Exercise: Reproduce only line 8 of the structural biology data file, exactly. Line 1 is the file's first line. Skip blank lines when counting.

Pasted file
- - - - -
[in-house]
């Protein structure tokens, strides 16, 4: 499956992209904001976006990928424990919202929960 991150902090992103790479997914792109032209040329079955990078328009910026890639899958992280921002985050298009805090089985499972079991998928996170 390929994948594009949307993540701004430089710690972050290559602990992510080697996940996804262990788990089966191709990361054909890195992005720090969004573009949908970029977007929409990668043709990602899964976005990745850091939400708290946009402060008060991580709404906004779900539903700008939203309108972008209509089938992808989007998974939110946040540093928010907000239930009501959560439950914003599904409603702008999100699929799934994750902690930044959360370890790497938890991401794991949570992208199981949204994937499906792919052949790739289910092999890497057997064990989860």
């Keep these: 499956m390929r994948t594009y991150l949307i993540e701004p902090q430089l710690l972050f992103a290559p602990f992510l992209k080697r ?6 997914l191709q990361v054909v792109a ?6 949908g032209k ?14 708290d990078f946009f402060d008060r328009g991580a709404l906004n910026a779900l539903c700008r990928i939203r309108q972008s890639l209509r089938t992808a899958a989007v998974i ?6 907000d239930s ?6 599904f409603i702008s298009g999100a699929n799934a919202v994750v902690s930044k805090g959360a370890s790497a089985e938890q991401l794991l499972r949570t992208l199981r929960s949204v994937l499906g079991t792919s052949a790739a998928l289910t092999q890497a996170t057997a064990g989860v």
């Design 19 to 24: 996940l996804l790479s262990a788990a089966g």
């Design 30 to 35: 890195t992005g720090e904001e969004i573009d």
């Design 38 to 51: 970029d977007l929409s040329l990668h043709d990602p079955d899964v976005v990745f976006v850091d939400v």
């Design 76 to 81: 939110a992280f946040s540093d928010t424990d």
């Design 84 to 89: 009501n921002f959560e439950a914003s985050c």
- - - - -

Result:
């Design 84 to 89: 009501n921002f959560e439950a914003s985050c």